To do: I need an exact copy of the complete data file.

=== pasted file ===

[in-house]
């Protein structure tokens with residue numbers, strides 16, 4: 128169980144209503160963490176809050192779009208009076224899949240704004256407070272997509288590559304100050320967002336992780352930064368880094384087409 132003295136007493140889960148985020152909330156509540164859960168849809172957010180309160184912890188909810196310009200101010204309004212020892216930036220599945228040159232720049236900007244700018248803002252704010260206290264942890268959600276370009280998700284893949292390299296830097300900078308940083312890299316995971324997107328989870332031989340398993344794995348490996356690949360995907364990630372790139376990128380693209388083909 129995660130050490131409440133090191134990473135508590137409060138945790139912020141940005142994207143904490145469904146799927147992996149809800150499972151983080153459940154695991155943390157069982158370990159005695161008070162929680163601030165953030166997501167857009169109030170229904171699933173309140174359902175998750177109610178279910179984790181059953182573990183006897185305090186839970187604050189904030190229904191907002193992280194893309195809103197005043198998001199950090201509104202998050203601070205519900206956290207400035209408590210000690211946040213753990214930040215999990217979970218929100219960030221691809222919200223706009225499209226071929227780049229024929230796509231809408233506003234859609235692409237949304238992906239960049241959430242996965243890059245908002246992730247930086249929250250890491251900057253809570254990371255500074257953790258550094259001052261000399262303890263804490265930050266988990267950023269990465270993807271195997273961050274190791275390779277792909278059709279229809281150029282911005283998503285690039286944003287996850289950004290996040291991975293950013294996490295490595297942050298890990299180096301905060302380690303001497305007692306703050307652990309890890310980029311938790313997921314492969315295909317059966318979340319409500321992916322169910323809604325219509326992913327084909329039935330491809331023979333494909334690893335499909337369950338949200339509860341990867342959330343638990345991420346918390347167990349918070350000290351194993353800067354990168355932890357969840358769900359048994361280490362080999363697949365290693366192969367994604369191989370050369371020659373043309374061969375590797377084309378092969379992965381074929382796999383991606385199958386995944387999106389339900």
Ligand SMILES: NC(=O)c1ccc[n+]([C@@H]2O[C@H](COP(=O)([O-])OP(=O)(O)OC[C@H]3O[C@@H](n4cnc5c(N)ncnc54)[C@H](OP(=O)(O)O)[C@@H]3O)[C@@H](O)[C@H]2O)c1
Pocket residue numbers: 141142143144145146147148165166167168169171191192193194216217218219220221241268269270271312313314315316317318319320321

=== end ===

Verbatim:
[in-house]
């Protein structure tokens with residue numbers, strides 16, 4: 128169980144209503160963490176809050192779009208009076224899949240704004256407070272997509288590559304100050320967002336992780352930064368880094384087409 132003295136007493140889960148985020152909330156509540164859960168849809172957010180309160184912890188909810196310009200101010204309004212020892216930036220599945228040159232720049236900007244700018248803002252704010260206290264942890268959600276370009280998700284893949292390299296830097300900078308940083312890299316995971324997107328989870332031989340398993344794995348490996356690949360995907364990630372790139376990128380693209388083909 129995660130050490131409440133090191134990473135508590137409060138945790139912020141940005142994207143904490145469904146799927147992996149809800150499972151983080153459940154695991155943390157069982158370990159005695161008070162929680163601030165953030166997501167857009169109030170229904171699933173309140174359902175998750177109610178279910179984790181059953182573990183006897185305090186839970187604050189904030190229904191907002193992280194893309195809103197005043198998001199950090201509104202998050203601070205519900206956290207400035209408590210000690211946040213753990214930040215999990217979970218929100219960030221691809222919200223706009225499209226071929227780049229024929230796509231809408233506003234859609235692409237949304238992906239960049241959430242996965243890059245908002246992730247930086249929250250890491251900057253809570254990371255500074257953790258550094259001052261000399262303890263804490265930050266988990267950023269990465270993807271195997273961050274190791275390779277792909278059709279229809281150029282911005283998503285690039286944003287996850289950004290996040291991975293950013294996490295490595297942050298890990299180096301905060302380690303001497305007692306703050307652990309890890310980029311938790313997921314492969315295909317059966318979340319409500321992916322169910323809604325219509326992913327084909329039935330491809331023979333494909334690893335499909337369950338949200339509860341990867342959330343638990345991420346918390347167990349918070350000290351194993353800067354990168355932890357969840358769900359048994361280490362080999363697949365290693366192969367994604369191989370050369371020659373043309374061969375590797377084309378092969379992965381074929382796999383991606385199958386995944387999106389339900």
Ligand SMILES: NC(=O)c1ccc[n+]([C@@H]2O[C@H](COP(=O)([O-])OP(=O)(O)OC[C@H]3O[C@@H](n4cnc5c(N)ncnc54)[C@H](OP(=O)(O)O)[C@@H]3O)[C@@H](O)[C@H]2O)c1
Pocket residue numbers: 141142143144145146147148165166167168169171191192193194216217218219220221241268269270271312313314315316317318319320321